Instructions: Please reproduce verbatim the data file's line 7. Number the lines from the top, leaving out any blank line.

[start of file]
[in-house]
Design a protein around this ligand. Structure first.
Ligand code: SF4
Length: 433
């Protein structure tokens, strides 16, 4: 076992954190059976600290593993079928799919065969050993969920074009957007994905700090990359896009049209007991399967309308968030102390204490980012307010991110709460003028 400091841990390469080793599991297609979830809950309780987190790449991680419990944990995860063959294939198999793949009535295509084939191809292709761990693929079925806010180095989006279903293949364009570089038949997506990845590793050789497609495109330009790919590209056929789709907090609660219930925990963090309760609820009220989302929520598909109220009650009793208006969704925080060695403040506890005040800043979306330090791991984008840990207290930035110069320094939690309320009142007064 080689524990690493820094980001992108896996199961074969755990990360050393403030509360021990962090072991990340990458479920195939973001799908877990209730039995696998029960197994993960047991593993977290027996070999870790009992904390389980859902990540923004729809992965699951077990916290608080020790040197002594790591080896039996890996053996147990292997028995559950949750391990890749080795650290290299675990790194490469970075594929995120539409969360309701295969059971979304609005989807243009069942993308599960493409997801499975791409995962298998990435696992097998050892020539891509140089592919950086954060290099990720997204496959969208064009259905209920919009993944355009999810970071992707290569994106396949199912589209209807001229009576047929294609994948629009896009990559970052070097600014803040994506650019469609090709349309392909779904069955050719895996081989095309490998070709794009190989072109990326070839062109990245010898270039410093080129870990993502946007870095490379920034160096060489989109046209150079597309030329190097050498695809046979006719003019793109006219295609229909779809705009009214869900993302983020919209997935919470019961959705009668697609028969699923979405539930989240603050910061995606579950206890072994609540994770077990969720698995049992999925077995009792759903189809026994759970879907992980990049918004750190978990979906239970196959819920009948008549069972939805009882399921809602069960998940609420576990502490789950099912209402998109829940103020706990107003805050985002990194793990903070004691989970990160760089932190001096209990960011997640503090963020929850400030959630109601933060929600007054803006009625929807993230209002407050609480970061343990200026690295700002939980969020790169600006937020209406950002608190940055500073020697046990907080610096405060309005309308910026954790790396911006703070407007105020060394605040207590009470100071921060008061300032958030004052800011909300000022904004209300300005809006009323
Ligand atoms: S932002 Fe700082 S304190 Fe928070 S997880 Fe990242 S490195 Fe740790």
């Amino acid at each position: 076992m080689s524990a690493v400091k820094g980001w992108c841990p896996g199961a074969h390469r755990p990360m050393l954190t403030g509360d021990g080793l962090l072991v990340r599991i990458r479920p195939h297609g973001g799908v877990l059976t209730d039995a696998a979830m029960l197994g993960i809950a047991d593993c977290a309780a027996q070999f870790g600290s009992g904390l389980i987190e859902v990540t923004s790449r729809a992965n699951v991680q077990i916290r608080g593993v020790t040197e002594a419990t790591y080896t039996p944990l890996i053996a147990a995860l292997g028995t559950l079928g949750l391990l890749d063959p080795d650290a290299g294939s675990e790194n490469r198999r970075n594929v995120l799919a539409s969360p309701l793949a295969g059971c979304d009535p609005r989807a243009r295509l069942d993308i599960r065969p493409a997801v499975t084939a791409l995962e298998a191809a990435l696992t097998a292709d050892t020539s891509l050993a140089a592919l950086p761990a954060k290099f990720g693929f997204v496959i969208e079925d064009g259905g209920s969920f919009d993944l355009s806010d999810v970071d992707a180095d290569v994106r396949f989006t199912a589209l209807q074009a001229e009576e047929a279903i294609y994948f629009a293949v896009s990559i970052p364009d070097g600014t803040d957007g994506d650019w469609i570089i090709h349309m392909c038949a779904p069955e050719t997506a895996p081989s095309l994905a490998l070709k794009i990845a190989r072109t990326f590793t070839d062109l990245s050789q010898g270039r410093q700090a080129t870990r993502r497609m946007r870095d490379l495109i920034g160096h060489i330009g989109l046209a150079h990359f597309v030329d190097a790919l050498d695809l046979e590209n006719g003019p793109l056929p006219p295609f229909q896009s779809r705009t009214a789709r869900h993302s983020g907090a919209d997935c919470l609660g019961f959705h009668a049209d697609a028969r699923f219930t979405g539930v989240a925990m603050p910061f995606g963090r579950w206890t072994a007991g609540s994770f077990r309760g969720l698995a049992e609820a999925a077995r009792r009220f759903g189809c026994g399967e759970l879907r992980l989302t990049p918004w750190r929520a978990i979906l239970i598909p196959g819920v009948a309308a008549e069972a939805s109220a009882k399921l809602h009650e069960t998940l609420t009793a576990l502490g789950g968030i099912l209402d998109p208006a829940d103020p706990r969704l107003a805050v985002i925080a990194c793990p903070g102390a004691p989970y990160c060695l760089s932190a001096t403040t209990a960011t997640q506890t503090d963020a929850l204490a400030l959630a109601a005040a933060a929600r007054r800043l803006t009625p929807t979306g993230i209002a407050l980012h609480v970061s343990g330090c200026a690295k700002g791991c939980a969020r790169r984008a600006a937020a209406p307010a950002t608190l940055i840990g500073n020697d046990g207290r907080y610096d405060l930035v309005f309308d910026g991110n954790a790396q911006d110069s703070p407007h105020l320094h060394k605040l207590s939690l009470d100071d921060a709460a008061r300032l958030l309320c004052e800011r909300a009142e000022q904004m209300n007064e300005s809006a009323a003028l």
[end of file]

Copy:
């Amino acid at each position: 076992m080689s524990a690493v400091k820094g980001w992108c841990p896996g199961a074969h390469r755990p990360m050393l954190t403030g509360d021990g080793l962090l072991v990340r599991i990458r479920p195939h297609g973001g799908v877990l059976t209730d039995a696998a979830m029960l197994g993960i809950a047991d593993c977290a309780a027996q070999f870790g600290s009992g904390l389980i987190e859902v990540t923004s790449r729809a992965n699951v991680q077990i916290r608080g593993v020790t040197e002594a419990t790591y080896t039996p944990l890996i053996a147990a995860l292997g028995t559950l079928g949750l391990l890749d063959p080795d650290a290299g294939s675990e790194n490469r198999r970075n594929v995120l799919a539409s969360p309701l793949a295969g059971c979304d009535p609005r989807a243009r295509l069942d993308i599960r065969p493409a997801v499975t084939a791409l995962e298998a191809a990435l696992t097998a292709d050892t020539s891509l050993a140089a592919l950086p761990a954060k290099f990720g693929f997204v496959i969208e079925d064009g259905g209920s969920f919009d993944l355009s806010d999810v970071d992707a180095d290569v994106r396949f989006t199912a589209l209807q074009a001229e009576e047929a279903i294609y994948f629009a293949v896009s990559i970052p364009d070097g600014t803040d957007g994506d650019w469609i570089i090709h349309m392909c038949a779904p069955e050719t997506a895996p081989s095309l994905a490998l070709k794009i990845a190989r072109t990326f590793t070839d062109l990245s050789q010898g270039r410093q700090a080129t870990r993502r497609m946007r870095d490379l495109i920034g160096h060489i330009g989109l046209a150079h990359f597309v030329d190097a790919l050498d695809l046979e590209n006719g003019p793109l056929p006219p295609f229909q896009s779809r705009t009214a789709r869900h993302s983020g907090a919209d997935c919470l609660g019961f959705h009668a049209d697609a028969r699923f219930t979405g539930v989240a925990m603050p910061f995606g963090r579950w206890t072994a007991g609540s994770f077990r309760g969720l698995a049992e609820a999925a077995r009792r009220f759903g189809c026994g399967e759970l879907r992980l989302t990049p918004w750190r929520a978990i979906l239970i598909p196959g819920v009948a309308a008549e069972a939805s109220a009882k399921l809602h009650e069960t998940l609420t009793a576990l502490g789950g968030i099912l209402d998109p208006a829940d103020p706990r969704l107003a805050v985002i925080a990194c793990p903070g102390a004691p989970y990160c060695l760089s932190a001096t403040t209990a960011t997640q506890t503090d963020a929850l204490a400030l959630a109601a005040a933060a929600r007054r800043l803006t009625p929807t979306g993230i209002a407050l980012h609480v970061s343990g330090c200026a690295k700002g791991c939980a969020r790169r984008a600006a937020a209406p307010a950002t608190l940055i840990g500073n020697d046990g207290r907080y610096d405060l930035v309005f309308d910026g991110n954790a790396q911006d110069s703070p407007h105020l320094h060394k605040l207590s939690l009470d100071d921060a709460a008061r300032l958030l309320c004052e800011r909300a009142e000022q904004m209300n007064e300005s809006a009323a003028l």